When you edit OpenStreetMap (OSM), all your changes are applied automatically. This makes for a fast mapping environment where you can easily work together. But of course, there are risks to this approach. The OpenStreetMap community handles those risks by constant validation.
For this tool, we use the OSMCha. The tool was developped by Mapbox, a company that provides basemaps and other services to large corporations. They provide this tool to any mapper free of charge.
In OSMCha we filter changesets:
- if they have the changeset comment “pomp” (the name of our instance at the time; this was later changed to “cyclofix”)
- if they are in Belgium
- if the changeset has NOT been reviewed yet within OSMCha
- if the contributor has NOT been marked as trusted by the current OSMCha user
- if the edit was made with the Editor “MapComplete 0.0.0”
If you first go to OSMCha.org and connect your OpenStreetMap.org, you can see our filter (this replaces our previous filter). We do not go through all the changes. When we see a new edit, we try to assess if the edit is plausible. We look at the data in the context of other OSM data: maybe it’s a duplicate, maybe something that is usually besides a road is mapped in the middle of the road; or inside a building!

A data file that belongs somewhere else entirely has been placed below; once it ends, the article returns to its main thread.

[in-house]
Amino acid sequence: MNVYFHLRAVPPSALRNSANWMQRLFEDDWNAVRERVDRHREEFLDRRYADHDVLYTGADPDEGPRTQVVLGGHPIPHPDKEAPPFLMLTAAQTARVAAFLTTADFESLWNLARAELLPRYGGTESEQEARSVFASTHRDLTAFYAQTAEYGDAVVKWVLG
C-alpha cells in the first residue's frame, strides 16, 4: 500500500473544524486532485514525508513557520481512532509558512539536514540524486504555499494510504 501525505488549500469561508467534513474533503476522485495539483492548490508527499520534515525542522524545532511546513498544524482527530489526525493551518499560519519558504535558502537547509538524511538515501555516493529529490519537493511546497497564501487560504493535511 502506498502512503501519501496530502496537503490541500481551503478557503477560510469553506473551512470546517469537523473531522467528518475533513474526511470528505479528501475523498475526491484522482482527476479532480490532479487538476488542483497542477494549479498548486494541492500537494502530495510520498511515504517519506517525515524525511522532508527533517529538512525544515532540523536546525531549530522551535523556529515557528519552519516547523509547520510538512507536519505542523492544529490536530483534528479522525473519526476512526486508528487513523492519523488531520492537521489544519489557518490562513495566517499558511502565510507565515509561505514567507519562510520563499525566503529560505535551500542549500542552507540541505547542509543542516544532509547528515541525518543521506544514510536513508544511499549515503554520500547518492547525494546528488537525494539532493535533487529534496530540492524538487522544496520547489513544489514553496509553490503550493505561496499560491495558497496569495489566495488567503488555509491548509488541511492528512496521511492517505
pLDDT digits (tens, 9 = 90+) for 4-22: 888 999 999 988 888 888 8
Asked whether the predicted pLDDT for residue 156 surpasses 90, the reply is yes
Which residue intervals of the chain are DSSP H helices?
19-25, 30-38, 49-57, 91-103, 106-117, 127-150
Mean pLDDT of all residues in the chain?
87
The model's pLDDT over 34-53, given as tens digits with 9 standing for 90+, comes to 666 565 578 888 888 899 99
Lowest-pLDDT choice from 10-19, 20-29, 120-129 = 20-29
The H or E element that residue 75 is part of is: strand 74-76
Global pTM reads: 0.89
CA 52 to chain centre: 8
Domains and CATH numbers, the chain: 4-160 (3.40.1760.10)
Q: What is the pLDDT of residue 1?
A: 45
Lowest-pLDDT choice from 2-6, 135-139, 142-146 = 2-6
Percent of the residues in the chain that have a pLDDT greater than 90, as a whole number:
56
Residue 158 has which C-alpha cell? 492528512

Then we cross-reference with aereal imagery, the photos provided by the contributor or on Mapillary (a crowd-sourced street-level imagery datasource). We make corrections and imporvements if needed, and mark the changeset as “good” or “bad” within OSMCha.
If we have checked a few edits of a new contributor and found them to be in perfect shape, we mark the contributor as a “trusted user”. This list is shared somewhere on the OSM wiki.
During this process, we can leave a message on the Changeset for the contributor and the community to see. This creates a public record on any doubts there might be about this particular data-point.